Health and Environmental Effects Research
Workshop To Define Stream and River Ecosystem Services Indicators Sponsored by ESRP Monitoring and WED
A workshop sponsored by the Western Ecology Division (WED) and the Ecosystems Services Research Program (ESRP) was held July 13-15, 2009, in Denver, CO. In recent years, the Millenium Ecoystem Assessment and other major ecological reports have highlighted the need to consider ecosystem services and their effects on human welfare. This workshop focused on identifying final ecosystem service indicators that can be monitored on streams and rivers and be used for national, long-term, robust reporting on status and trends in ecosystem conditions and the services they provide to human welfare.
The approach used here was to define indicators of final ecosystem services for streams by conducting a workshop comprised of experts with diverse perspectives: scientific disciplines (ecological and social sciences), ecosystem components (biogeochemical, physical habitat, and biological), sampling methodologies (field sampling, inferential methods, and remote sensing), and institutions (government agencies, universities, nongovernment organizations, and the private sector).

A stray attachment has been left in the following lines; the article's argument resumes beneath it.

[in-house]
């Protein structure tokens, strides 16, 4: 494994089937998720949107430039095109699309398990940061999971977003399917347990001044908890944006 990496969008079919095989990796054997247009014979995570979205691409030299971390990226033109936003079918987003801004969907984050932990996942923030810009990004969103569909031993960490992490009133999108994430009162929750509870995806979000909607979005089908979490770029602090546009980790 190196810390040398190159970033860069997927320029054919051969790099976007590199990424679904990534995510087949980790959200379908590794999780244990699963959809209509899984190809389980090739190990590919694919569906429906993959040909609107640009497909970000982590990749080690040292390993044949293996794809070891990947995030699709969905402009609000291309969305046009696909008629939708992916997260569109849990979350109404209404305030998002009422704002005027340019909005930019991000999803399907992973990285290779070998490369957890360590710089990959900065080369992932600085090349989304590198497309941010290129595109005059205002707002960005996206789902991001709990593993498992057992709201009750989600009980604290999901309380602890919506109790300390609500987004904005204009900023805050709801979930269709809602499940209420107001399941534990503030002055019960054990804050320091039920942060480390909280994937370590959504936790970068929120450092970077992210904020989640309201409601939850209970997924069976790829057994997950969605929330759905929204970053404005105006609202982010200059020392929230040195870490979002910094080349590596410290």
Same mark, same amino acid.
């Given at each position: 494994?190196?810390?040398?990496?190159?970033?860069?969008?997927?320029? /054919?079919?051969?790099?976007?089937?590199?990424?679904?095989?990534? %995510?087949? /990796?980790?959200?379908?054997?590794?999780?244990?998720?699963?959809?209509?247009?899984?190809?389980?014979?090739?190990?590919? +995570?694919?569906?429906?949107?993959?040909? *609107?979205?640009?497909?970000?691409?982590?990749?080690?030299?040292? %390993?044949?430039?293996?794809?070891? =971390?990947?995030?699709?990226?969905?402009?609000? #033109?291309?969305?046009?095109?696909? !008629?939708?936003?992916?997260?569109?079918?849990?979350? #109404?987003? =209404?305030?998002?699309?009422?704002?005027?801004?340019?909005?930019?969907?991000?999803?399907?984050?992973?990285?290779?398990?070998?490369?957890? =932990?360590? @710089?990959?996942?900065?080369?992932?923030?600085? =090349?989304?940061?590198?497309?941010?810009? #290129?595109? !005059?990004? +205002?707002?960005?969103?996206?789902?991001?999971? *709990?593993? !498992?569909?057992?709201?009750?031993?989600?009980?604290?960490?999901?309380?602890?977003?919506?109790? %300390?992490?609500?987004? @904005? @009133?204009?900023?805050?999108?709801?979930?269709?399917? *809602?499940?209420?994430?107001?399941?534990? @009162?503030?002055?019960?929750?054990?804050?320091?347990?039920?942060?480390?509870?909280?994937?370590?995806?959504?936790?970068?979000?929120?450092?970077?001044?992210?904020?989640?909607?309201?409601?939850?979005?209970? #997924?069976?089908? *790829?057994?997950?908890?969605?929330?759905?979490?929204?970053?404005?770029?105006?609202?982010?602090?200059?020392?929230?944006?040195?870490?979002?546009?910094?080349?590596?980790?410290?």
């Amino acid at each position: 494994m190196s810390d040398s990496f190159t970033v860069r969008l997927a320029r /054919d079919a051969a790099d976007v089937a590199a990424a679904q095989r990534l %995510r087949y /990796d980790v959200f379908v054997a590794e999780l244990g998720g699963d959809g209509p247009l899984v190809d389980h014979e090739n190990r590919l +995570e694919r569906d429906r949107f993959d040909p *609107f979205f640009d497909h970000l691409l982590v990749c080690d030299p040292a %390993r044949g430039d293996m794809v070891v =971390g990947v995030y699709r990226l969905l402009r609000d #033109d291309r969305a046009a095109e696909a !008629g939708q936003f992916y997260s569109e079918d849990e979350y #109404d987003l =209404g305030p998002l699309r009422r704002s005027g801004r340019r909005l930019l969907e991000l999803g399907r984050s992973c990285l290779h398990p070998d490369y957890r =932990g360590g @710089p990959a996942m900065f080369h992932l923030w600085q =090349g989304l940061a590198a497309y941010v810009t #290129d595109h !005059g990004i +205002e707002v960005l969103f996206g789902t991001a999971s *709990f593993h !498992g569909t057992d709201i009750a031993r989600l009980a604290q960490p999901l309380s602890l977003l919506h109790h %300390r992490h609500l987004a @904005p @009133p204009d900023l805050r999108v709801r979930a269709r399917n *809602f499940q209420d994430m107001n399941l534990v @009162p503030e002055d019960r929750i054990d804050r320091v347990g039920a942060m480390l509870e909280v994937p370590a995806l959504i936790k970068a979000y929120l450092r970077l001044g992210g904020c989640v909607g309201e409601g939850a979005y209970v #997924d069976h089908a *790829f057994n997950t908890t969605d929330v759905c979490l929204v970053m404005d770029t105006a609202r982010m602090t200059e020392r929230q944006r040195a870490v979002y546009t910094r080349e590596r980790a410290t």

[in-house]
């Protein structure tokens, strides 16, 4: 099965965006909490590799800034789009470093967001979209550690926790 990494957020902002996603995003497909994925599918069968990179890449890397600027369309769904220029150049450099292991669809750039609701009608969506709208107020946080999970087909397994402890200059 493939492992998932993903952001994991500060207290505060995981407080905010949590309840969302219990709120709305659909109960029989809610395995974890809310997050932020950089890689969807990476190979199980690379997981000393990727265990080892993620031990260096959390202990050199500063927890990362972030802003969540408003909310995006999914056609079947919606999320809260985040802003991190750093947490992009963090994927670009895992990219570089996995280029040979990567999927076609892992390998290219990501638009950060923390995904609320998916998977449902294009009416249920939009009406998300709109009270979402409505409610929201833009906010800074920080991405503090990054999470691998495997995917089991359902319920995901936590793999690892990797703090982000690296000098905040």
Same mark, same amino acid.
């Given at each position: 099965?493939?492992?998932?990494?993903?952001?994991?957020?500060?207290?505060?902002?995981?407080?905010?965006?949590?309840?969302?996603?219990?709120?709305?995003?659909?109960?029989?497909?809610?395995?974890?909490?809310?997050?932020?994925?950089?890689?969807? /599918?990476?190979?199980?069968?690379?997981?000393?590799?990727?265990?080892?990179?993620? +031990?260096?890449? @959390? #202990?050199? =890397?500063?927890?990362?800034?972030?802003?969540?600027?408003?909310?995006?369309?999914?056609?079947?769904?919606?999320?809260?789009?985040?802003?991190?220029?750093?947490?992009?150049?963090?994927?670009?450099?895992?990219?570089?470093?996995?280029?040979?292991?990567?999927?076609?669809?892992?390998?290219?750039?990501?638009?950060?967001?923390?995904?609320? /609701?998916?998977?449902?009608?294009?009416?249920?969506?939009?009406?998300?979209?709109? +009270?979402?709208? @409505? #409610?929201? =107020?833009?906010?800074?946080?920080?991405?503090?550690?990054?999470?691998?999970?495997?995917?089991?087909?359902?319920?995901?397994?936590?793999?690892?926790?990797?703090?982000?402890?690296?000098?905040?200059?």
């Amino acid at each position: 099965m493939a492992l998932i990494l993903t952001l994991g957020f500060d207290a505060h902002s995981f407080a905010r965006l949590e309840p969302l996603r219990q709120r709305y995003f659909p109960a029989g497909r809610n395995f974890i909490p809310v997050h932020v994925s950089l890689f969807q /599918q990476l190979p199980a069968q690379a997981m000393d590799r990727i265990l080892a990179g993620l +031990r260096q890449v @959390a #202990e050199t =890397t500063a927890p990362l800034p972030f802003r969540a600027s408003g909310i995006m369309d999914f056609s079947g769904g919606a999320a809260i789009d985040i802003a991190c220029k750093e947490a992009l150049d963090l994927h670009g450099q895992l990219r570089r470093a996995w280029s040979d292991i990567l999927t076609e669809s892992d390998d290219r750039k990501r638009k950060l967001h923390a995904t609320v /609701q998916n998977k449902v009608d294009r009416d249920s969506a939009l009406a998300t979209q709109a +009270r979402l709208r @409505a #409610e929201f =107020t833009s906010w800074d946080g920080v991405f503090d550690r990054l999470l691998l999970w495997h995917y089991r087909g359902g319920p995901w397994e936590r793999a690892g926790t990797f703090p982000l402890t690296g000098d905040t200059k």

The workshop objectives were to (1) provide a parsimonious list of indicators of final ecosystem services directly valued by society and usable in national, regional, and local monitoring; (2) provide a set of final ecosystem service indicators to social scientists for valuation and, ultimately, a "Green GDP;" (3) provide ecologists, social scientists, and resource managers with a common vocabulary and indicators that facilitate interdisciplinary interactions; (4) provide a set of indicators useful in communicating stream services among a broad set of public, social, and natural scientists, managers, and regulators; and (5) identify gaps between the needs of social scientists for information and current stream-monitoring indicators.
Participant organizational affiliations were 10 from academia, 12 from governmental agencies, and 3 from private or nongovernmental organizations. NHEERL participants were Paul Ringold and Dixon Landers (WED, Freshwater Ecology Branch), Wayne Munns (Atlantic Ecology Division, Immediate Office of the Director), and Brian Hill (Mid-Continent Ecology Division, Watershed Diagnostics Branch).